6. The 1980s also saw the emergence of disaster management as an important component of internal security management following an accidental explosion in a chemicals factory run by the Union Carbide company of the US in Bhopal in Madhya Pradesh in 1984, which resulted in the deaths of hundreds of civilians. Even before the 1980s, we had a disaster management capability, but this related essentially to management of famines, floods and earth quakes. The explosion in a chemicals factory and the resulting deaths brought home to the Indian policy-makers the need to develop specialised disaster management capabilities relating to industrial explosions and other disasters of an unconventional nature caused by nature, accidents or intentionally by terrorists. The concept of disaster management and the drill associated with it have been constantly updated keeping in view the likelihood of acts of terrorism involving the use of weapons of mass destruction (WMD).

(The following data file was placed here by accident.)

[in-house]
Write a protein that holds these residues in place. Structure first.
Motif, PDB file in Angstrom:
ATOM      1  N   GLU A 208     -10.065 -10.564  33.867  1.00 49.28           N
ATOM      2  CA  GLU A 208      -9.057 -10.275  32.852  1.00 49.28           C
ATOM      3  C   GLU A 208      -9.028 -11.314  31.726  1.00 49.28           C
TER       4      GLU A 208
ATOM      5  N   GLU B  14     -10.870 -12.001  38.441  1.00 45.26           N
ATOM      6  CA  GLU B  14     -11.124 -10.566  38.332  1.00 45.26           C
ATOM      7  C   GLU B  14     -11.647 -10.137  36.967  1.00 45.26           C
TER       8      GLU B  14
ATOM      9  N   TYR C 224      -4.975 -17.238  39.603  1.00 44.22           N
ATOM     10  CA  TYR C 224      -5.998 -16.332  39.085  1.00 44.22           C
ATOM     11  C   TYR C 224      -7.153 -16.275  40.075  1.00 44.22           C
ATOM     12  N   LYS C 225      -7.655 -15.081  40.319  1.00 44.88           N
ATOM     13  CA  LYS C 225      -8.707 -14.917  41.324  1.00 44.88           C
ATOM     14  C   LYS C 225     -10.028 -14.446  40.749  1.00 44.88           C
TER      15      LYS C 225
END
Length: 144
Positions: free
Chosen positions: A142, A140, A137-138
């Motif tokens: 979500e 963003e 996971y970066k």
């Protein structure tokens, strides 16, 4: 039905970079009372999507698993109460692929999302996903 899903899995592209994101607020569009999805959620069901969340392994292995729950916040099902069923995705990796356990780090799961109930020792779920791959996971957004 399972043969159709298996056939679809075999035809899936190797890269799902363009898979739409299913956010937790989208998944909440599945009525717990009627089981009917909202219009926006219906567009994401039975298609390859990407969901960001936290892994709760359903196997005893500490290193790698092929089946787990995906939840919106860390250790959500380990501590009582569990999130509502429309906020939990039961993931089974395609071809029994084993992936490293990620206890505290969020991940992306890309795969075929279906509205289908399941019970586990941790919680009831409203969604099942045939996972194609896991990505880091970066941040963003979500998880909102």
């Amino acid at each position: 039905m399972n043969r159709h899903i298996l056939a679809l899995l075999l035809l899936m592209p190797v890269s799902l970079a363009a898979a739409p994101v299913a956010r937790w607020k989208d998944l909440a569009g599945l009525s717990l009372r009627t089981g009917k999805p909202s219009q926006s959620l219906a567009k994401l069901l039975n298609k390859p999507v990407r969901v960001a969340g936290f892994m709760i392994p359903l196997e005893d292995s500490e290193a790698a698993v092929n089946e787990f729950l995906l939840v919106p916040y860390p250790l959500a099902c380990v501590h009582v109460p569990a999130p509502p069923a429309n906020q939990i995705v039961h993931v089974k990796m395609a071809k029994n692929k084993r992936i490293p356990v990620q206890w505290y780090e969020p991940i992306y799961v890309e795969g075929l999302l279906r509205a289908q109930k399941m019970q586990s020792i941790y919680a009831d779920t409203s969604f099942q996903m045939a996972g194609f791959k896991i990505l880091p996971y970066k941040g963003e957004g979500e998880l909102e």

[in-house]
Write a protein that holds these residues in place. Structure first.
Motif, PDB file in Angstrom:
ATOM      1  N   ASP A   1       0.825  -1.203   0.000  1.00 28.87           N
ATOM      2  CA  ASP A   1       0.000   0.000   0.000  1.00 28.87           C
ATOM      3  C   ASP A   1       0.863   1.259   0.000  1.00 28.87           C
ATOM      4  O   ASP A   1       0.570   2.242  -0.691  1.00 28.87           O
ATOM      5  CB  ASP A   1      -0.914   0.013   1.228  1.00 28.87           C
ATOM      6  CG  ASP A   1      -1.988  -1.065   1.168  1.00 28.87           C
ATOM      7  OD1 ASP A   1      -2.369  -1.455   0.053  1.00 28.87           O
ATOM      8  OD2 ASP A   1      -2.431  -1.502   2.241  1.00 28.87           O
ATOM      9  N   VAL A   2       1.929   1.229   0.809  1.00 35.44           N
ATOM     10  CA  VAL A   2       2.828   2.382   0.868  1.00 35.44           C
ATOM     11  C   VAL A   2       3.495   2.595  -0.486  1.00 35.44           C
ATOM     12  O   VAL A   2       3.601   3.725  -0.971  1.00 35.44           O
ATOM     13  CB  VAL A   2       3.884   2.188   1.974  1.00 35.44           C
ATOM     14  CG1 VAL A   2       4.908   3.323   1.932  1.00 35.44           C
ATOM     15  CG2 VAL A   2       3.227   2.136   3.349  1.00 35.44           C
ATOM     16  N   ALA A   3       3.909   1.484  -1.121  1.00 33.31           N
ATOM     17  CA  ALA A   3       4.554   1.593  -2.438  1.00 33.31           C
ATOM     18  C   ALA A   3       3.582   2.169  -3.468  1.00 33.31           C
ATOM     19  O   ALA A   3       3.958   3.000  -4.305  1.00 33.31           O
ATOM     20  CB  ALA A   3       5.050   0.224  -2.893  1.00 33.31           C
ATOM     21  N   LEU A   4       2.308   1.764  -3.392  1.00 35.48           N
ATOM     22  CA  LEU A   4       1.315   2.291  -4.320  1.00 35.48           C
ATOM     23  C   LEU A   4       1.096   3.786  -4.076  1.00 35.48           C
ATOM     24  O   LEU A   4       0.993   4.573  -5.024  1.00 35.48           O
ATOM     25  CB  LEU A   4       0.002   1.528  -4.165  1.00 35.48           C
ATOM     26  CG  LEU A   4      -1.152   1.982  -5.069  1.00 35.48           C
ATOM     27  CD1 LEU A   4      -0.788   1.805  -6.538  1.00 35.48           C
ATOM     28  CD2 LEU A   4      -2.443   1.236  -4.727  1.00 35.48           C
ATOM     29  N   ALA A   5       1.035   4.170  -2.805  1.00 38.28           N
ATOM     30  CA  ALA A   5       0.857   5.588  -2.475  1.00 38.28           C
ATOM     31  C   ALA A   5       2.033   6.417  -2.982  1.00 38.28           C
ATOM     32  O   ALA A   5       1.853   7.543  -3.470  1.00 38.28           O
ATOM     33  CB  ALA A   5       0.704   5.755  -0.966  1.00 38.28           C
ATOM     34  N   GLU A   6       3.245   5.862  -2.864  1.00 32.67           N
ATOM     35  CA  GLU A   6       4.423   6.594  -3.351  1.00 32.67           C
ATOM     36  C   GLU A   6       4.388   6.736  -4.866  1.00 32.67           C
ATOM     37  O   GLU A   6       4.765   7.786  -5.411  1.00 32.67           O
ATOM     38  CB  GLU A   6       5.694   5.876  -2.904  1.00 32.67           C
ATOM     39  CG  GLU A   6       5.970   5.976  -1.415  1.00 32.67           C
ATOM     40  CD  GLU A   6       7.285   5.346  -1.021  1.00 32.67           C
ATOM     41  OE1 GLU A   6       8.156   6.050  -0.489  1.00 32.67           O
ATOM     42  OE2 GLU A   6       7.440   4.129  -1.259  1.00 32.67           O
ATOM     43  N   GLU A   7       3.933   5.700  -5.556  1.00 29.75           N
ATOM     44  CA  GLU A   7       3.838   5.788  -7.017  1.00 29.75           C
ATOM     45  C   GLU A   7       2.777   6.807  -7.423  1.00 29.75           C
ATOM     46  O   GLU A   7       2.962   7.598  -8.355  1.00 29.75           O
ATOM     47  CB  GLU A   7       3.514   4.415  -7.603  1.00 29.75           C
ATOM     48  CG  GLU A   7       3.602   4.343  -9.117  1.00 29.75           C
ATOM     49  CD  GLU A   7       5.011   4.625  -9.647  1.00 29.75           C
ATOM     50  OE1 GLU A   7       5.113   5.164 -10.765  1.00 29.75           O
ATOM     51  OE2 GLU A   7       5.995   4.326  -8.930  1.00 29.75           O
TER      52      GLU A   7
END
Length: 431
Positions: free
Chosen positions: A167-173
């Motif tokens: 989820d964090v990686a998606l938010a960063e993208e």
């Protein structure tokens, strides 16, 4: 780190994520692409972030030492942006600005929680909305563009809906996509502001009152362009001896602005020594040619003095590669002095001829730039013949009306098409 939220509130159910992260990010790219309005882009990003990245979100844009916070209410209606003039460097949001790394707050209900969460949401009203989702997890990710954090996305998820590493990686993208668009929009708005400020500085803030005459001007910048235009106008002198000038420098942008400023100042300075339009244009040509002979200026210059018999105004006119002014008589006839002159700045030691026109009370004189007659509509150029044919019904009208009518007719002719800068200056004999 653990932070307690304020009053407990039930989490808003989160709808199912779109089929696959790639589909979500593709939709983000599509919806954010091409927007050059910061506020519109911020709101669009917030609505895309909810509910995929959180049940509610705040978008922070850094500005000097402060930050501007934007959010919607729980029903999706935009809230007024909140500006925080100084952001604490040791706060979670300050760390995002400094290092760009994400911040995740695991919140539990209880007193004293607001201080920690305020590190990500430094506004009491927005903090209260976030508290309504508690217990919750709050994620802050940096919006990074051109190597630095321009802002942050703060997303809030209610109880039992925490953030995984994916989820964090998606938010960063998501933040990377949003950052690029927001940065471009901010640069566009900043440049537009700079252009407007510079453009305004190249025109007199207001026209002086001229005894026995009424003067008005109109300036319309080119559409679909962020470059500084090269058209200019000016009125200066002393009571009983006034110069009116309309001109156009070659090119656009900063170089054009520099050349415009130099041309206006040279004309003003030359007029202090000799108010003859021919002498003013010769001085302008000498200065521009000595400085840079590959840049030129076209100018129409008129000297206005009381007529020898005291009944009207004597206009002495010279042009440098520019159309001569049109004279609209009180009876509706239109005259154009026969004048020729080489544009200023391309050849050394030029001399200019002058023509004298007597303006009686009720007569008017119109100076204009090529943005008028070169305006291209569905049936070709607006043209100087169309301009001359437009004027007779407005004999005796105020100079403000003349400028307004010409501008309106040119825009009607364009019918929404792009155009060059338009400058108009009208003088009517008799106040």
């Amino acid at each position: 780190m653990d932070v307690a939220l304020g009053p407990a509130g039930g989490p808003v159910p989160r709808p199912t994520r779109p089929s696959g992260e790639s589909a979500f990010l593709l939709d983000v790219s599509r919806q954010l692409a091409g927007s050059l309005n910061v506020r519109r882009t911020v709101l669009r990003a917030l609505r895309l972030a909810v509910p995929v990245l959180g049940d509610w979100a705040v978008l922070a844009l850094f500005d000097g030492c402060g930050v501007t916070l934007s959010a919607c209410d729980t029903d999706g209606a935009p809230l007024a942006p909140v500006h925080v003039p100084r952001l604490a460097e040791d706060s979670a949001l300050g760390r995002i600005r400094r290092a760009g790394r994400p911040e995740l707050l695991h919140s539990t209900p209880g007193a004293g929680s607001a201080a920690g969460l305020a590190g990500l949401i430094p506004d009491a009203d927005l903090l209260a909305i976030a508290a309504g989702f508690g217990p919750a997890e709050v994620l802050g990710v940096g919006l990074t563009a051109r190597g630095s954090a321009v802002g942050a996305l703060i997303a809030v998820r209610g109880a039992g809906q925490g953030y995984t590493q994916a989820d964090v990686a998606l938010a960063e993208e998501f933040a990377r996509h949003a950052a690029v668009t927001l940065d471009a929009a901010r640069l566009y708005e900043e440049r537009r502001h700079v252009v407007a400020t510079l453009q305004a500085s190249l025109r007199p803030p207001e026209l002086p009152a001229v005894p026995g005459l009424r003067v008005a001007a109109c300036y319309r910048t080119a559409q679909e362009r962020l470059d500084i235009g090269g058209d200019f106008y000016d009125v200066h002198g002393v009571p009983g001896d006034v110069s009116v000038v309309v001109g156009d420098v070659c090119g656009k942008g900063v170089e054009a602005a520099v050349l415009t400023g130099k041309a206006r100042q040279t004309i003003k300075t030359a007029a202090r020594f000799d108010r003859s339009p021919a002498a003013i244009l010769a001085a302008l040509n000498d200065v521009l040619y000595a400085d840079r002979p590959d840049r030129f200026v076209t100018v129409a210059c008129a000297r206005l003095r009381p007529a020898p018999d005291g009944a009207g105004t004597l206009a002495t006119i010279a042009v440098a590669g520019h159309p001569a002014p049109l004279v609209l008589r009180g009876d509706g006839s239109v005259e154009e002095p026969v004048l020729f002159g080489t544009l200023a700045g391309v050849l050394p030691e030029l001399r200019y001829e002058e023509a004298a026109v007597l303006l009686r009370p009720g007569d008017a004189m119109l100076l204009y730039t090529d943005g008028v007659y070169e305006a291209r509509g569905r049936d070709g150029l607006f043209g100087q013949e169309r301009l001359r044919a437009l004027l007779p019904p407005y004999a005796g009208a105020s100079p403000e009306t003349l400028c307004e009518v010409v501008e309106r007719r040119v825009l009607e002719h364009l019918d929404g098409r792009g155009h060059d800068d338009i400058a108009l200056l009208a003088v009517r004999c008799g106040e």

7. The period between 1989 and 2001 saw eight new challenges confronting the Indian counter-terrorism managers and policy-makers.

Firstly, the emulation of the Afghan Mujahideen of the 1980s by some organisations in the Indian State of Jammu & Kashmir (J&K) in order to exercise pressure on the Government of India to concede their demands, which related to either independence for the State or its annexation by Pakistan. The cadres of these organisations, which have been active in the State since 1989, are funded, trained, armed and guided by the ISI.